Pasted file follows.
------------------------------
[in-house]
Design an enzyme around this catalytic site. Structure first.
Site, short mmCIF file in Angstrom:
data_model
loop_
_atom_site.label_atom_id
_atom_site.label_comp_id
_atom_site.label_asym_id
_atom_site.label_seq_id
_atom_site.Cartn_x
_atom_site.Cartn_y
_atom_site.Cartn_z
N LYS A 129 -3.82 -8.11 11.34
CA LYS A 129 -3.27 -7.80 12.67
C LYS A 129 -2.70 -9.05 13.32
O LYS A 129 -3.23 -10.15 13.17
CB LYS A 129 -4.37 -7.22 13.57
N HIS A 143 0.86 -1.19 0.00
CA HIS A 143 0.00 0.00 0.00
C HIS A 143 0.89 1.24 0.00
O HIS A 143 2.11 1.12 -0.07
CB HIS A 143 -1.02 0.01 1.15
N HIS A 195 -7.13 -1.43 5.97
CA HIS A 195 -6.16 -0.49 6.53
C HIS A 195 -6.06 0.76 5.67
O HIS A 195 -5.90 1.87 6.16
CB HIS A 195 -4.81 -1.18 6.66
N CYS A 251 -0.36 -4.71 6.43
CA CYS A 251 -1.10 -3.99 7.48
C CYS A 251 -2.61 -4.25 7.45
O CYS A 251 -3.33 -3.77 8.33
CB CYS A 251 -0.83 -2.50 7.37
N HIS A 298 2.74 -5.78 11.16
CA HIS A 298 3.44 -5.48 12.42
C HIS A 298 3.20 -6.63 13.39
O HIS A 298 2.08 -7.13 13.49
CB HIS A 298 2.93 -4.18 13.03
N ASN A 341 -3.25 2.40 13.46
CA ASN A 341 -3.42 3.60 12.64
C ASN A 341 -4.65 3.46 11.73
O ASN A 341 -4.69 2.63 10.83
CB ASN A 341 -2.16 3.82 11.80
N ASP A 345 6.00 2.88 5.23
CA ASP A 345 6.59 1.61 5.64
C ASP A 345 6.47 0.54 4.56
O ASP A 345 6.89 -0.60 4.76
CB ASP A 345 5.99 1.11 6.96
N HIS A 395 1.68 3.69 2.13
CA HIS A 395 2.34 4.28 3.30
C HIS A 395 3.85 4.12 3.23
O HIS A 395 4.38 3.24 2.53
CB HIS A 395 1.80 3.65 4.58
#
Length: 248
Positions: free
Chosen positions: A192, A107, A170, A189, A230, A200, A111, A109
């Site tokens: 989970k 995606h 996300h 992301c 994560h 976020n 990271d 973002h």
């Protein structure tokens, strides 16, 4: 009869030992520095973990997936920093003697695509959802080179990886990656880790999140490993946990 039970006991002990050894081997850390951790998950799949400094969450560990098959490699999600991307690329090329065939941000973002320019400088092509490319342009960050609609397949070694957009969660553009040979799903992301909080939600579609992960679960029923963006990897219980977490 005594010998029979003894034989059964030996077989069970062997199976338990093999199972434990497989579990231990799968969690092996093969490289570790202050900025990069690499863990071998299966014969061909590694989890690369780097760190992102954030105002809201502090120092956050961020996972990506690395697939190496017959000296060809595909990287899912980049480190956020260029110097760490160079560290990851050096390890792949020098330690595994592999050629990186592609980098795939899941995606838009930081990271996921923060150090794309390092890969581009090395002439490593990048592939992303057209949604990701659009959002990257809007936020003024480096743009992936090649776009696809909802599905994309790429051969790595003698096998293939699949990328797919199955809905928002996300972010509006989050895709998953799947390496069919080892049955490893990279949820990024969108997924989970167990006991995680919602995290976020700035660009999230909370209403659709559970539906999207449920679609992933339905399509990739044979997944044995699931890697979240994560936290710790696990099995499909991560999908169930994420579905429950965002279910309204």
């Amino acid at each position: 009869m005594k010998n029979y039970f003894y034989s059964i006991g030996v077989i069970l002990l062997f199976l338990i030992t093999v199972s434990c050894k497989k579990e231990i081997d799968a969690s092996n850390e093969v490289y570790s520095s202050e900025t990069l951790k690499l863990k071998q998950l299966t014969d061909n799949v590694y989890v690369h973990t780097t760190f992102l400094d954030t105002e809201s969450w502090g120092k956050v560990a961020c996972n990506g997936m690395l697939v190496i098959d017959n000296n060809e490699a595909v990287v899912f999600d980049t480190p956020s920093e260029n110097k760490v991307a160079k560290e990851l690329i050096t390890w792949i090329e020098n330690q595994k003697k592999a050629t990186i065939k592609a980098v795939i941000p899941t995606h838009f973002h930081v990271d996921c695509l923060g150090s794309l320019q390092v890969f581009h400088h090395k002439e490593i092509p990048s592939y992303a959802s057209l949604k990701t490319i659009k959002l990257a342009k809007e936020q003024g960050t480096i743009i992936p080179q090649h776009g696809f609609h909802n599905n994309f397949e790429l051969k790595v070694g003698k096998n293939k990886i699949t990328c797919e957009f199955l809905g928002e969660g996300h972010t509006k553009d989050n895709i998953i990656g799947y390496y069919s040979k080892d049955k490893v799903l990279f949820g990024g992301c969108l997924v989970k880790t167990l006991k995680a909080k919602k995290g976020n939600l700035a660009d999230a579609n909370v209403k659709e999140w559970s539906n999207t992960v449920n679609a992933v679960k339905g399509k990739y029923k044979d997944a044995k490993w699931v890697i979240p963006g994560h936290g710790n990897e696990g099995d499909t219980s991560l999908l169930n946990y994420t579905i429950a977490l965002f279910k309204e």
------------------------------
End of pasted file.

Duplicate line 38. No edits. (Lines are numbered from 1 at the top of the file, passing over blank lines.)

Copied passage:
N ASN A 341 -3.25 2.40 13.46